Shari said... Add Reply

Oh, I relate to so much of this. SO MUCH. When I worked at our ABC station and would have to make calls, I'd actually write down what I wanted to say. You should've seen me the time I had to call someone from Good Morning America ... it took me at least half an hour to work up the nerve! Oh my gosh, and the worrying -- about other people, about illness/disease ... I am horrible about that, and I hate it, but I think that's just how some people's brains are wired, you know?

I, for one, am glad you wrote this. It's always nice to know we aren't alone :) And in that vein -- if you ever need a listening ear, you know I'm here!

Kate @ Another Clean Slate said... Add Reply

I think you're brave for still doing things despite your worries. Keeping pushing forward!

Bish Denham said... Add Reply

I ran across your blog through the A to Z Challenge Bloghop that you signed up for and I had to respond to your post.

You are brave to write about these things. However, worry and worrying is a waste of precious time. Worrying is not hard-wired into our brains, it is a learned behavior that can be changed.

Corrie Ten Boom said: Worry does not empty tomorrow of its sorrow, it empties today of its strength.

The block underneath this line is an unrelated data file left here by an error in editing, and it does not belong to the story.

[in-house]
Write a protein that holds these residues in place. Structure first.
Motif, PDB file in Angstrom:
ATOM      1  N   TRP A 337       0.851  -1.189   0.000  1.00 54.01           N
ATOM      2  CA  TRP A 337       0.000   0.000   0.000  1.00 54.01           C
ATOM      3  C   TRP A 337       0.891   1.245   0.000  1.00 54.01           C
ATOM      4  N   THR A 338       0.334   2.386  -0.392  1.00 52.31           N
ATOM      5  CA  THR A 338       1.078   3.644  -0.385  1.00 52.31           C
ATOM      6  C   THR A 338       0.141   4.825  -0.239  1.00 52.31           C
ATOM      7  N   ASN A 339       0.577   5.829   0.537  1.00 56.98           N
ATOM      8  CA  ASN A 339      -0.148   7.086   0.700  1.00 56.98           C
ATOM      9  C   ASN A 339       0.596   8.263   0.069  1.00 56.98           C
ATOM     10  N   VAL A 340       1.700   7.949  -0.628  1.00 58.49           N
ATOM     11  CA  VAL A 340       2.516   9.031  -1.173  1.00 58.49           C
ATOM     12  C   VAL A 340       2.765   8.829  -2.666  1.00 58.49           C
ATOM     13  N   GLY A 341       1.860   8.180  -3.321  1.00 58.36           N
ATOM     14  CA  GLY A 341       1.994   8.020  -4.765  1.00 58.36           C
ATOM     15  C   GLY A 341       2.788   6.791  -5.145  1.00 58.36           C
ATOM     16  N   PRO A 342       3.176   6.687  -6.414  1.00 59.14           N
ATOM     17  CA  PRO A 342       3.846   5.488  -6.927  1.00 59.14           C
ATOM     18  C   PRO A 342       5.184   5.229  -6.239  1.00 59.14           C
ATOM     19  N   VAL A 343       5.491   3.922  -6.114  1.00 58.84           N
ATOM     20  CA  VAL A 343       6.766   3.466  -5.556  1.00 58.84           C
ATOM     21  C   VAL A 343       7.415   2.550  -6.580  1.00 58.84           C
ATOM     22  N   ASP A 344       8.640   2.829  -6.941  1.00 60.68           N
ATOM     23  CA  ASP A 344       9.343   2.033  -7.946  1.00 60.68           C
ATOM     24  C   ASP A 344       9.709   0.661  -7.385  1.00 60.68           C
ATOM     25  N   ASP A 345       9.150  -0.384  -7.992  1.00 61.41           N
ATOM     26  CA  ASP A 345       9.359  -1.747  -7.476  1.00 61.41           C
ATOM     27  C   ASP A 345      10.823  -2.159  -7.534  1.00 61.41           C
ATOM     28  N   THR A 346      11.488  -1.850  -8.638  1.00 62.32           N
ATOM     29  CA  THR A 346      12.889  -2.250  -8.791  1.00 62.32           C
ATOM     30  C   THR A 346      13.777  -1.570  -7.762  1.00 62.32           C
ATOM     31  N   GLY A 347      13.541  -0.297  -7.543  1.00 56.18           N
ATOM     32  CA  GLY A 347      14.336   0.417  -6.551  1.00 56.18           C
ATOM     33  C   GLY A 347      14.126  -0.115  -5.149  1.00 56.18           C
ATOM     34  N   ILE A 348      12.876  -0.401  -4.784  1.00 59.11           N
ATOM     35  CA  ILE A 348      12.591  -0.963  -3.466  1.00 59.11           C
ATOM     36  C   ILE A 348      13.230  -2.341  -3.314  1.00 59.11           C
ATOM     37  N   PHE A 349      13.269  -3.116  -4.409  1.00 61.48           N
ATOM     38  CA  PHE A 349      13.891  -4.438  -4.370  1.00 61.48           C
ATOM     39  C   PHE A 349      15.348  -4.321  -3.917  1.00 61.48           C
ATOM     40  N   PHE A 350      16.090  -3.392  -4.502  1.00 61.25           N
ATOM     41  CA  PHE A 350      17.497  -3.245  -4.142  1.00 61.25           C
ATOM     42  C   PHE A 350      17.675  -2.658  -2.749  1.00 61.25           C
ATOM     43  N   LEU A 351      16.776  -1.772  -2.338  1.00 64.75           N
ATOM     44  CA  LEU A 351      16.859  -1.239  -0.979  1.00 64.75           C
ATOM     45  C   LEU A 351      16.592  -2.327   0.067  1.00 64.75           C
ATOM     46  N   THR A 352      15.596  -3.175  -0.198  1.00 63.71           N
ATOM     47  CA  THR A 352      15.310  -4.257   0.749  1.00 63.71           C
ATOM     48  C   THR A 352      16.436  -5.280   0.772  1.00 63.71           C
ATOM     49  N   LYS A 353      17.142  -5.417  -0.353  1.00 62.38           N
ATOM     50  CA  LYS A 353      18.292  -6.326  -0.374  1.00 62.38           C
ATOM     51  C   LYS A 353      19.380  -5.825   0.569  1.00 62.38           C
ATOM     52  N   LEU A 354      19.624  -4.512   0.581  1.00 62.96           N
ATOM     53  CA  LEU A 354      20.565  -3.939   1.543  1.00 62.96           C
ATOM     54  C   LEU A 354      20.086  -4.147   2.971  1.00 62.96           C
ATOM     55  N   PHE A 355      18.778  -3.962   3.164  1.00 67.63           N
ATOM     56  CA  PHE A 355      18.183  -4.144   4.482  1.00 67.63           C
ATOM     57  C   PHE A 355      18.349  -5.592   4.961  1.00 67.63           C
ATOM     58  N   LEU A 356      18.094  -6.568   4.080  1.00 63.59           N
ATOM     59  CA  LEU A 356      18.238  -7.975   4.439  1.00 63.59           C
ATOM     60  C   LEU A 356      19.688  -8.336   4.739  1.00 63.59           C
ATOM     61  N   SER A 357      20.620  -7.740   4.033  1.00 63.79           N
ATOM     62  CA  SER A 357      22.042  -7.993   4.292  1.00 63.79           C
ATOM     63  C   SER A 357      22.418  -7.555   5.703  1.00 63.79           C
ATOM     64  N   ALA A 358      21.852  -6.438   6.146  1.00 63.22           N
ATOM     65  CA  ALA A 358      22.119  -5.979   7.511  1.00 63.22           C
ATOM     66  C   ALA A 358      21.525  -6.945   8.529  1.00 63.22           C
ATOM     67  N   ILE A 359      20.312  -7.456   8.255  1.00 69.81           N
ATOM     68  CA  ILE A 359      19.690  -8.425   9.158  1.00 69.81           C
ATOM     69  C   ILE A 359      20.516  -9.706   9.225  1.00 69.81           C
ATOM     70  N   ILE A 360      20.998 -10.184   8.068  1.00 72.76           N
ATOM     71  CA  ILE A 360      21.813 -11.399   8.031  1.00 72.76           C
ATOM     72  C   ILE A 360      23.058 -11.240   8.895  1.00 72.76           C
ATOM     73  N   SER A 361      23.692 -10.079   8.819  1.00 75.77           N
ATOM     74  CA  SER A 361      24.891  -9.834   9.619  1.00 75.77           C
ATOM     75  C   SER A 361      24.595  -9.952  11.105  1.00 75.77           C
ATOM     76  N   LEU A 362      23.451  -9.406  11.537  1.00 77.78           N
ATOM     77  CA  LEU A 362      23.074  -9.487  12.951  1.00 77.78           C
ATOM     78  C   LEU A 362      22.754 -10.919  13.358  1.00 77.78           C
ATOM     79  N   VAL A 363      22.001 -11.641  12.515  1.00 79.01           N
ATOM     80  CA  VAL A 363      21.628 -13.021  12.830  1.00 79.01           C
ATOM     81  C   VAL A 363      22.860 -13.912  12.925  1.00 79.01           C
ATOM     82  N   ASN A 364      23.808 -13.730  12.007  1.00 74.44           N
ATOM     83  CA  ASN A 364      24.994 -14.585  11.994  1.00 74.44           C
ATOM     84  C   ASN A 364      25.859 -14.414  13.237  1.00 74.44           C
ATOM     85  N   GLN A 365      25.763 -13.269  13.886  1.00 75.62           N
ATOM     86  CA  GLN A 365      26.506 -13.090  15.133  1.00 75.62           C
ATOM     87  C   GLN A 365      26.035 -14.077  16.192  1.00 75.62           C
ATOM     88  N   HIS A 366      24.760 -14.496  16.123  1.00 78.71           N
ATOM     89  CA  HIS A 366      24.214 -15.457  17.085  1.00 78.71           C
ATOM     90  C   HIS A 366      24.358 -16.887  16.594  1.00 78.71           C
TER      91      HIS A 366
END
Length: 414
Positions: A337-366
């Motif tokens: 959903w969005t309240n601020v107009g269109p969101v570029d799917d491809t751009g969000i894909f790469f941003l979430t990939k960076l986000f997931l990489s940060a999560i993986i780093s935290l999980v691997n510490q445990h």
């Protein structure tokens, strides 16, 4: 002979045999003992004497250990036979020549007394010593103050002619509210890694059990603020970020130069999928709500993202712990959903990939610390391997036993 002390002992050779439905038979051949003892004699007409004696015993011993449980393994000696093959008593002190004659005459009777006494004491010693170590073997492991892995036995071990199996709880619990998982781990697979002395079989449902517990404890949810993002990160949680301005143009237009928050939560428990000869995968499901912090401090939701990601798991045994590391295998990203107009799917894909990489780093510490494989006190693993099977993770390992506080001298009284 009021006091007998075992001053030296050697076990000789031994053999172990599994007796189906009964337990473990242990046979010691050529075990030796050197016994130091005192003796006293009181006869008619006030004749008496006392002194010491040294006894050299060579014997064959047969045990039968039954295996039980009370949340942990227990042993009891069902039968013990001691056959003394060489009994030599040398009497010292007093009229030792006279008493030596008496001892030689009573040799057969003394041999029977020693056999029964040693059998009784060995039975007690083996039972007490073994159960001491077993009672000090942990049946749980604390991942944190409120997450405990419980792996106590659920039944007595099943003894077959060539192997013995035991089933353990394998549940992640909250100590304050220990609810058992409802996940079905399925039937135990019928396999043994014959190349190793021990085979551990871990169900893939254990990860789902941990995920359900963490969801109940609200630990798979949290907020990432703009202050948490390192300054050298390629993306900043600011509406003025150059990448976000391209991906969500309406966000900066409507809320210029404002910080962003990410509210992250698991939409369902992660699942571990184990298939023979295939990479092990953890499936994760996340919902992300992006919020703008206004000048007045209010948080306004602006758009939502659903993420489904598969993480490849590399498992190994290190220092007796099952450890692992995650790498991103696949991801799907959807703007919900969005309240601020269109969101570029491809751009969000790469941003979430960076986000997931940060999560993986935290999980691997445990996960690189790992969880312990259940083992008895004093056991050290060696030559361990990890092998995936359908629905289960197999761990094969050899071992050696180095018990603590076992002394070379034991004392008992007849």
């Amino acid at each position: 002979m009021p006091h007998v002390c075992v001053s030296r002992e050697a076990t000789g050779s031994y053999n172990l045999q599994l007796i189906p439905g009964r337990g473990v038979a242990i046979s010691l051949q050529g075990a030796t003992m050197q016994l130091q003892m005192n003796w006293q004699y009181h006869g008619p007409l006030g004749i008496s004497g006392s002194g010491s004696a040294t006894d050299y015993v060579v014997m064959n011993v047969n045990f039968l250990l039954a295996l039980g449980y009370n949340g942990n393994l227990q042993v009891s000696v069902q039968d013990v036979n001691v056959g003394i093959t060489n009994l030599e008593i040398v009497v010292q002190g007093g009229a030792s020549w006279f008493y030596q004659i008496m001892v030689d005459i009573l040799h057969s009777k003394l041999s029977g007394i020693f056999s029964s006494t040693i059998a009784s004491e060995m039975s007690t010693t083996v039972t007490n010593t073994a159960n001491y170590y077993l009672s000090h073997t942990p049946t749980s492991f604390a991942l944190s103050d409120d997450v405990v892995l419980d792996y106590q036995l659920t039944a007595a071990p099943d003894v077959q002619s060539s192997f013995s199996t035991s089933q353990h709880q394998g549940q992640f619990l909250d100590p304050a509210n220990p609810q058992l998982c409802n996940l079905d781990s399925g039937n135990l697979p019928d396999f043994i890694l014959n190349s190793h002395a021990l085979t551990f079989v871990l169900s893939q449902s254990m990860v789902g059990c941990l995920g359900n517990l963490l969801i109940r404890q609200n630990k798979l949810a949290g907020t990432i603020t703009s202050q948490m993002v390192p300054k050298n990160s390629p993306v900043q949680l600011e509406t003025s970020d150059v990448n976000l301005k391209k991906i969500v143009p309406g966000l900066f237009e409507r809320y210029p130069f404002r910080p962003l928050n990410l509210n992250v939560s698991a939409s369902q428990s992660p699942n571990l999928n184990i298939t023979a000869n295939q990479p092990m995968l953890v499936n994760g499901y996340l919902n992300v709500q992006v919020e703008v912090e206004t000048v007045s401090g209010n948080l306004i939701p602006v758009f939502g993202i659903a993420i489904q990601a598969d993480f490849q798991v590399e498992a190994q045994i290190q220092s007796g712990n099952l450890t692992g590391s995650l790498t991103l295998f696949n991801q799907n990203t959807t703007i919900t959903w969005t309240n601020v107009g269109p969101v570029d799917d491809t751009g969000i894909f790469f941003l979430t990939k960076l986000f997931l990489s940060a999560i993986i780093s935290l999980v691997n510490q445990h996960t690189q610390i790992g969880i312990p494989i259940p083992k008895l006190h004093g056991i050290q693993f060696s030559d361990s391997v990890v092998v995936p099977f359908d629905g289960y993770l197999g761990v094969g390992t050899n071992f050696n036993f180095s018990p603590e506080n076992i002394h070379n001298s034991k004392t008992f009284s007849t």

The Dalai Lama said: If there is no solution to the problem then don't waste time worrying about it. If there is a solution to the problem then don't waste time worrying about it.

When my husband and I first got married one of the things we decided to do was to eliminate a few words from our vocabularies: Never and always, because saying things like "you never" or "you always" is just not true and can trigger reactions that can escalate an argument. And the word worry, because the word worry is a little cancerous worm that eats away at resolve and more importantly eats away at the present, which is the only time we have. The past is already gone, so why "worry" about it? The future is an unknown so why, "worry" about it? We cannot "change" the past or the future. We can only change the present.

Instead of using the word worry, we use the word concerned. "I was concerned when you didn't call." "I'm concerned I'll say the wrong thing."

That little shift takes away a HUGE amount of needless, time-wasting anxiety. I hope you'll give it try. When you hear yourself say the word worry, correct yourself and use concerned instead. Give yourself a couple of months... and your brain will begin to be reprogrammed, rewired.

By the way, practicing what you want to say before you say it is nothing to be concerned about. It's a way of focusing the mind, of making sure you have your "talking points."

And be assured, there is no such thing as perfection. Crippling yourself with fear that you aren't perfect is a huge hindrance to living a joyful life.

I realize am a stranger, Megan. I am simply an older woman who has a wee bit of experience and who couldn't let this post of yours pass by.

Remember to breathe and to be thankful for that simple ability.